How a Philadelphian social worker is raising awareness about the 988 Lifeline
Kat Evanowicz turned to MOO to raise awareness about the new Suicide and Crisis Lifeline.
As of July 2022, the new dialing code for the US National Suicide Prevention Lifeline is 988. Now called Suicide and Crisis Lifeline, it connects people 24/7 with mental health counselors across a network of over 200 local call centers.
With a more accessible, more memorable number, the Lifeline aims to better support people going through a mental health crisis. The challenge for mental health and social workers: how can we spread awareness of 988? One social worker figured it out…with Stickers.
Kataryna “Kat” Evanowicz is a licensed social worker in Philadelphia, where she works in pediatric behavioral health at a local children’s hospital. “I’ve worked in behavioral health for the majority of my career, spending time in a variety of settings – medical hospitals, psychiatric hospitals, emergency rooms, and outpatient clinics.”
Now, she supervises a team of social workers who provide intake evaluations and case management services to a large patient population. When her team started organizing a weekly “Jeans Day” to raise money, they used the money collected to raise awareness about the new and improved National Suicide Prevention Lifeline.
Why 988 matters
The National Suicide Prevention Lifeline first went active in 2005 with a (very) long phone number. In 2020, Congress designated the new 988 dialing code to improve its accessibility. After almost two years of preparation, the number went into effect in July 2022.
“Think of it as 911 for mental health. Anyone in the United States can call or text 988 to receive support for suicidal thoughts or any other mental health or substance abuse crisis. The 988 number will redirect the caller to the appropriate local crisis hotline.”
The best thing about the new Suicide and Crisis Lifeline? “Having a simple, standardized dialing code that can connect callers to their local crisis team, rather than relying on state-specific, county-specific, or affinity-specific (Veteran’s Crisis Line, The Trevor Project) numbers!”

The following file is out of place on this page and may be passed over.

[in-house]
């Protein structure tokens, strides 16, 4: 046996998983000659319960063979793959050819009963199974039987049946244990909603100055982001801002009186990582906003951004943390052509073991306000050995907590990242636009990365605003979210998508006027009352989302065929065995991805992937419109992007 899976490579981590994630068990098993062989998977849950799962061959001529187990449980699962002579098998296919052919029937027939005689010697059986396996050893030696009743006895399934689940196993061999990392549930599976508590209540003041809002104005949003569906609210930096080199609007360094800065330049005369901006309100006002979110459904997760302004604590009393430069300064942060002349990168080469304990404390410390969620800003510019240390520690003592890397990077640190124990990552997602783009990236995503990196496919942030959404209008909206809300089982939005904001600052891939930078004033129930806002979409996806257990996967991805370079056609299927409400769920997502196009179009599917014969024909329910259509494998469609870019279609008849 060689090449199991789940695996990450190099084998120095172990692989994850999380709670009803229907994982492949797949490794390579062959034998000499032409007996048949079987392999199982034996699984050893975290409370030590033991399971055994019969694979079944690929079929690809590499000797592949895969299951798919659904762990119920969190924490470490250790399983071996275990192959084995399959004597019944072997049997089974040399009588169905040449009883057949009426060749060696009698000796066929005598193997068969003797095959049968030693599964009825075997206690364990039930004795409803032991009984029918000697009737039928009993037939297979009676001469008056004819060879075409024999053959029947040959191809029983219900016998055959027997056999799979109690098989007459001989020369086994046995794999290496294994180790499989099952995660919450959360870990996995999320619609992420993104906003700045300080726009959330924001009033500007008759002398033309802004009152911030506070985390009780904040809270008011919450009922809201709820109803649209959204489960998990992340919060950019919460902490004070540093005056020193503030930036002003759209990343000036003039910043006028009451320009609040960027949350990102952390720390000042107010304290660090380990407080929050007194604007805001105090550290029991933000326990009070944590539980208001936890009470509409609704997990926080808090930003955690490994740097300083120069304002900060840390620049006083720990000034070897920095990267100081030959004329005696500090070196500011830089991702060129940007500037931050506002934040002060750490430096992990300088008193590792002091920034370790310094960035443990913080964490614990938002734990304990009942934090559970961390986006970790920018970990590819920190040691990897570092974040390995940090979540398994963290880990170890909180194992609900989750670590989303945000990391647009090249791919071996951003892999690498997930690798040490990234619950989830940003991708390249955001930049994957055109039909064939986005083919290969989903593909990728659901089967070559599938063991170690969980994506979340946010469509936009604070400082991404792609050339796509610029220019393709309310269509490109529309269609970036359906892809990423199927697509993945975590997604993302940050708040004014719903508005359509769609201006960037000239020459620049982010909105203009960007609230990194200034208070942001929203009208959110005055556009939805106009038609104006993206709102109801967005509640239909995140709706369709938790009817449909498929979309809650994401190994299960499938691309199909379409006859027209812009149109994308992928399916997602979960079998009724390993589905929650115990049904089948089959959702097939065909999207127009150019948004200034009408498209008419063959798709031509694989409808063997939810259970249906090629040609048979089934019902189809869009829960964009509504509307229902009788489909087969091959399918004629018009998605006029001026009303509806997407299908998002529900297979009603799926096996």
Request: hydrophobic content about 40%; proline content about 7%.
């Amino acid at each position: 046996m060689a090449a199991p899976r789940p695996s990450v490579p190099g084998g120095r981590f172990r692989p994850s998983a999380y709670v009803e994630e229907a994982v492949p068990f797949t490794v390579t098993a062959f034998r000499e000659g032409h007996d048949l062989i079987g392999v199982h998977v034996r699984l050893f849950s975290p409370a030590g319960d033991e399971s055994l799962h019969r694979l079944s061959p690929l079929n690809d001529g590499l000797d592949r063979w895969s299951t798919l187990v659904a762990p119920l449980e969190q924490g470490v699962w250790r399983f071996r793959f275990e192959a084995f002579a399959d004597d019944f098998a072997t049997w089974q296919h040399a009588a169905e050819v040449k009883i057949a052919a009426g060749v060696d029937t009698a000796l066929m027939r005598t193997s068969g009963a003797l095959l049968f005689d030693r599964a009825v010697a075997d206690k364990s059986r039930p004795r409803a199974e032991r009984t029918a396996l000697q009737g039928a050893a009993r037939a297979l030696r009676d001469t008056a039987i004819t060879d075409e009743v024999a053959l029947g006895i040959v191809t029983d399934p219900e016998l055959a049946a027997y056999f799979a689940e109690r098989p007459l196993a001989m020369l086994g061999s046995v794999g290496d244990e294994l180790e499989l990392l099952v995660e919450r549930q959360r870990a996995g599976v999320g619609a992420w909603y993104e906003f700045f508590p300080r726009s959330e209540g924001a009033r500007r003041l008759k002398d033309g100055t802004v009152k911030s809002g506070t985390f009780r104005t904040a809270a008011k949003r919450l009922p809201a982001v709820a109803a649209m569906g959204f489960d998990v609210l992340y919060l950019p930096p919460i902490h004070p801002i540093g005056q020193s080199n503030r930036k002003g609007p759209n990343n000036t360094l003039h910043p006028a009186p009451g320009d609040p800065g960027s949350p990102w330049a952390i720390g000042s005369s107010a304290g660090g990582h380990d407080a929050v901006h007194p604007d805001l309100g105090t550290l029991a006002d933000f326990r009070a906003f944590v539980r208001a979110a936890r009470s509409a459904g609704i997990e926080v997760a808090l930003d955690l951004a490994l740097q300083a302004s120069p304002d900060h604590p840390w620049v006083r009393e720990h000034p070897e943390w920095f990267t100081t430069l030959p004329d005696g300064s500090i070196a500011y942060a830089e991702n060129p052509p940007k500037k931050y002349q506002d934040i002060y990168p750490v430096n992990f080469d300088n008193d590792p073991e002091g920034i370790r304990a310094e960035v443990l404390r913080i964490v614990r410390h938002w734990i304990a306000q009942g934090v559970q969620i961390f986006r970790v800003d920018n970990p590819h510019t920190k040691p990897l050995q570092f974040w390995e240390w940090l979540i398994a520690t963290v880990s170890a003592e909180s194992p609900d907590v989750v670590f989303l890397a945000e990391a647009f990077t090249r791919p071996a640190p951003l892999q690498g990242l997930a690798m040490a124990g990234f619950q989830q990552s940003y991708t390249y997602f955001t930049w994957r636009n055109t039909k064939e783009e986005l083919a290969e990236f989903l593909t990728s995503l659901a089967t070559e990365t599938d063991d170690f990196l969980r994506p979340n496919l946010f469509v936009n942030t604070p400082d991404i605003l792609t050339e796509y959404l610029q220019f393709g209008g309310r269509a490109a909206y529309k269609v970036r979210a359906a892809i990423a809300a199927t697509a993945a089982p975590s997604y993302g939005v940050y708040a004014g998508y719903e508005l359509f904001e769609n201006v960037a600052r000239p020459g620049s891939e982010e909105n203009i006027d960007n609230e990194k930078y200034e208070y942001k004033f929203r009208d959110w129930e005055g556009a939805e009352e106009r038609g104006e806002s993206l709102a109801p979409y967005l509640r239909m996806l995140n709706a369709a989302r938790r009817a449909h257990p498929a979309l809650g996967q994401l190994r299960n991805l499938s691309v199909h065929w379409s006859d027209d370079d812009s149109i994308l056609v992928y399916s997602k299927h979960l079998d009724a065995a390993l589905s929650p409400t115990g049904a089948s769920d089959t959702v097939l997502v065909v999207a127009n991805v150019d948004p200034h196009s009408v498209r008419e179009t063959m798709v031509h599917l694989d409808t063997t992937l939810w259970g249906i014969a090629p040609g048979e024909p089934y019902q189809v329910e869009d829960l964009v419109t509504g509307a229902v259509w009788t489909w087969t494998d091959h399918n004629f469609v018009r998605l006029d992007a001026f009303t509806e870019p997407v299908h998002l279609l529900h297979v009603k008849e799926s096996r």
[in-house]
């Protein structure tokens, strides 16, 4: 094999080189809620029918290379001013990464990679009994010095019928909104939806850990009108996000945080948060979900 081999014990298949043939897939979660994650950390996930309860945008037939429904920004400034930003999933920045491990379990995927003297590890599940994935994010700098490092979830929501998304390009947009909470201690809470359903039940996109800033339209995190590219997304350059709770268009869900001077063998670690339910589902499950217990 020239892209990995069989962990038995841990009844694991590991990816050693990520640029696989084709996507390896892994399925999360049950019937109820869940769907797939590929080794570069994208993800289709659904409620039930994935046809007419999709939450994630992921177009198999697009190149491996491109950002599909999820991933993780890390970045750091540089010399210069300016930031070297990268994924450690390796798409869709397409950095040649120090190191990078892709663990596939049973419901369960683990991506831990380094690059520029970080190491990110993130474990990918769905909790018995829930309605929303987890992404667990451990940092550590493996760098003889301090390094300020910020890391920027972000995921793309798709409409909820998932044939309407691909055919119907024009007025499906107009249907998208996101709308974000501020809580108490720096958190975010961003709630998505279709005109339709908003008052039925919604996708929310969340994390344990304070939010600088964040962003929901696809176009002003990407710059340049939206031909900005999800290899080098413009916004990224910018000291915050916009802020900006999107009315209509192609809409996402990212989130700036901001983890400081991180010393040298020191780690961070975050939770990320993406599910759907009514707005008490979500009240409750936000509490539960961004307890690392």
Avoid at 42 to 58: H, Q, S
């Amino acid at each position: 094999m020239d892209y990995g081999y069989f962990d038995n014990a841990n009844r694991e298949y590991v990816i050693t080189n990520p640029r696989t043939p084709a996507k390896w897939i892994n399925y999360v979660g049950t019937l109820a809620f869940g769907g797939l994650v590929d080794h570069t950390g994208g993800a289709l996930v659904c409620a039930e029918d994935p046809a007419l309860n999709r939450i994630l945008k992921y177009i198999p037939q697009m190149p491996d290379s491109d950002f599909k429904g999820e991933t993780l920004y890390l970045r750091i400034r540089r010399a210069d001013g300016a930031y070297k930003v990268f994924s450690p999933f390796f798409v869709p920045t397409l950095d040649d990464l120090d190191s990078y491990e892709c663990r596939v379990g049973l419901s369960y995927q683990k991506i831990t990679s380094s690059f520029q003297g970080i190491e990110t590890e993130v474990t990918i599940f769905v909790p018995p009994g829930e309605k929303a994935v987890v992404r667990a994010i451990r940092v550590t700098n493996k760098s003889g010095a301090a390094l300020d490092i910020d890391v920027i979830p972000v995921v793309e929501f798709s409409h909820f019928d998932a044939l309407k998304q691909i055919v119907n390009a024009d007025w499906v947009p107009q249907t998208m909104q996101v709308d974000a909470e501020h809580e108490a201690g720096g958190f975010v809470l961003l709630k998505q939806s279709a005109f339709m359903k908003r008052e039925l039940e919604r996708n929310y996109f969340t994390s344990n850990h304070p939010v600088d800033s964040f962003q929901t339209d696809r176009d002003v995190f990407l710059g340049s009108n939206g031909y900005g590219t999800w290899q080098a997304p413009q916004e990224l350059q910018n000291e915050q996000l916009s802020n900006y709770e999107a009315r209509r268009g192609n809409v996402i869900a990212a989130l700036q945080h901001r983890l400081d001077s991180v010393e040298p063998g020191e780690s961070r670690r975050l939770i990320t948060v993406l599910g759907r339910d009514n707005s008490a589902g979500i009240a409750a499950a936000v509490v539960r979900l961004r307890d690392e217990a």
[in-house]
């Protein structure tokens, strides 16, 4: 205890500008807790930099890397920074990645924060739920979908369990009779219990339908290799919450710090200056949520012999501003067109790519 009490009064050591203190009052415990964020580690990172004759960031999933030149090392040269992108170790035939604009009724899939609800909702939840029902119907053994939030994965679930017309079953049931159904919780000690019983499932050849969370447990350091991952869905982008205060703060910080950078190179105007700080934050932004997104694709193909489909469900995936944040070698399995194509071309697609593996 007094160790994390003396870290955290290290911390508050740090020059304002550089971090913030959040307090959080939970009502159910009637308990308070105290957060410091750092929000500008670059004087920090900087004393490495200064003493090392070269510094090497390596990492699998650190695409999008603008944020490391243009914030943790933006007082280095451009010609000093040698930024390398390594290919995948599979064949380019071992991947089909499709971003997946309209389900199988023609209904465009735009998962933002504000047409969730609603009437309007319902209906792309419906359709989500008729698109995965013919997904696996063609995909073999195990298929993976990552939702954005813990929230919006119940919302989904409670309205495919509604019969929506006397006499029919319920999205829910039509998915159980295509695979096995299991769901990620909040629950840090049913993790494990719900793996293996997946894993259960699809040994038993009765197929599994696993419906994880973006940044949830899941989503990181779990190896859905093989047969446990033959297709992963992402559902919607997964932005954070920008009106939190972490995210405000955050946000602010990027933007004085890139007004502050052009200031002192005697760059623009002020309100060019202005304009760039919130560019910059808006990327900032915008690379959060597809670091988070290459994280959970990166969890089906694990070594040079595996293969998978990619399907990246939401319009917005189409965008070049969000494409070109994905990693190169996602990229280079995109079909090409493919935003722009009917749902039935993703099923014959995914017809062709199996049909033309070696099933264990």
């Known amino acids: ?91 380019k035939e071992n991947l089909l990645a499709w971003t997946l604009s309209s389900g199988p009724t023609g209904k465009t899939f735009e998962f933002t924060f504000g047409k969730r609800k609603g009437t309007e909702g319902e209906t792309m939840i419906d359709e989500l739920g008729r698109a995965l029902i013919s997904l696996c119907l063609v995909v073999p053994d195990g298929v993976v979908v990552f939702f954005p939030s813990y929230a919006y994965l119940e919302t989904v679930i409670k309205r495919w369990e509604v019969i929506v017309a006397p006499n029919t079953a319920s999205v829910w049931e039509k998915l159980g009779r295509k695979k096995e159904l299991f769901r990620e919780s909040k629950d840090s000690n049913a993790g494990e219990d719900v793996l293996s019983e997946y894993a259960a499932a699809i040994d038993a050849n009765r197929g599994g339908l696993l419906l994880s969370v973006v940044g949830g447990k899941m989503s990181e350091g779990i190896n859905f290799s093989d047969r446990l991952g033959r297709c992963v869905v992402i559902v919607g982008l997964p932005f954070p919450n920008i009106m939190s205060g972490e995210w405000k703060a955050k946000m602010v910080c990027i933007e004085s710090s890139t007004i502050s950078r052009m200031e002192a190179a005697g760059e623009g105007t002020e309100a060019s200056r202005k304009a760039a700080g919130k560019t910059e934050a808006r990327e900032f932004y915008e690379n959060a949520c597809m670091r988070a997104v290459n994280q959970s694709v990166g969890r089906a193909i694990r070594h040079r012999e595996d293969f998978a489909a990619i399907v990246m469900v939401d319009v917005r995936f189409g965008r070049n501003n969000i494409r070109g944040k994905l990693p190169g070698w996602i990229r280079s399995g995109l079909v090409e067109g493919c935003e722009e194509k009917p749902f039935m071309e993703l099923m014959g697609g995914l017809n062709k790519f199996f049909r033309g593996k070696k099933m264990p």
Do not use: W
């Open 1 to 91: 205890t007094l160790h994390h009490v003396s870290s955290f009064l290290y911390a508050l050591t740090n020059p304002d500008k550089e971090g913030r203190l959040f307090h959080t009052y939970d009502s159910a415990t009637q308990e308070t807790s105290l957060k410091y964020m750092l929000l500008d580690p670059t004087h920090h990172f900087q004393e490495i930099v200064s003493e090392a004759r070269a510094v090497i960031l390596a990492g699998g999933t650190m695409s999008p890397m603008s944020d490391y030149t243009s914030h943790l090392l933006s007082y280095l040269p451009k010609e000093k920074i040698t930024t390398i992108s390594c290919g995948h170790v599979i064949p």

“Think of it as 911 for mental health”
“I used to give my patients a handout with over a dozen crisis numbers listed. That’s a lot for someone to navigate on their own, especially for a child or teen. It can also be tough for children and teens to readily access this information when they need it. They may not want their parents to find that flyer or be embarrassed to store a crisis number in their contacts.”
For the Philadelphia social worker, it’s important to note that 988 and related call centers will engage in non-consensual active rescue when deemed appropriate. “This means that they may dispatch police, EMS, or a mobile crisis team to your location if they feel you are at imminent risk of hurting yourself or others.
“The US Substance Abuse and Mental Health Services Administration (SAMHSA) reports that fewer than 2% of calls result in this level of response, but we cannot overlook the reality that police involvement often escalates crisis situations, and can cause harm through incarceration, injury, or death – particularly towards people of color.”
Spreading the word about 988
Thanks to the new Lifeline, we could save more lives. “If we can teach everyone to remember 988 the way they remember 911, so many more people could access the service when they’re in a time of need.”
Kat and her team looked into purchasing some promotional merch to spread the word about 988 with patients and their families. Surprised to find out nothing existed yet, she set out to make some herself. “Kids love stickers, so that was an easy choice.”
She used online design tool Canva to create a series of no less than 12 different designs on MOO’s Large Round Stickers. “I’m no artist, so I did have to use pre-existing fonts and images. I selected the fonts, images, and colorways used, and came up with the wording and layout of each sticker.
“If just one of these stickers makes it onto a water bottle or a laptop, I’ll be proud”
“To be honest, I tried really hard to make something that teens would find ‘cool’, so they’ll keep the information somewhere visible. If just one of these stickers makes it onto a water bottle or a laptop, I’ll be proud.”
Kat and her team made sure the colorful stickers wouldn’t go unnoticed in the hospital. “We’ve strategically placed some of the stickers where patients can see them during their appointments: the back of our laptops, our clipboards, and our water bottles. We’ll also be sharing the stickers with patients and families, especially our teen patients.”
The feedback on the team’s new 988 stickers has been positive. “The stickers have been a big hit with my colleagues in the office. I haven’t personally had the opportunity to hand any out to patients just yet, but I’m excited to do so. We’ll probably need to order more stickers sooner rather than later!”
One step in the right direction
Kat and her team believe the new Lifeline is great progress, but there’s still a lot to do. “The behavioral healthcare system in our country is deeply flawed, including our crisis response systems – but this is an overall step in the right direction. I’m hopeful that we will continue to see improvement in how we respond to those in need of social and psychological support.”
Mental health is precious. Kat concludes with a plea – “if you are having thoughts about hurting or killing yourself, please know that you are not alone, and help is available. You are not a burden or a bother, and someone is ready and waiting to talk with you at 988.”
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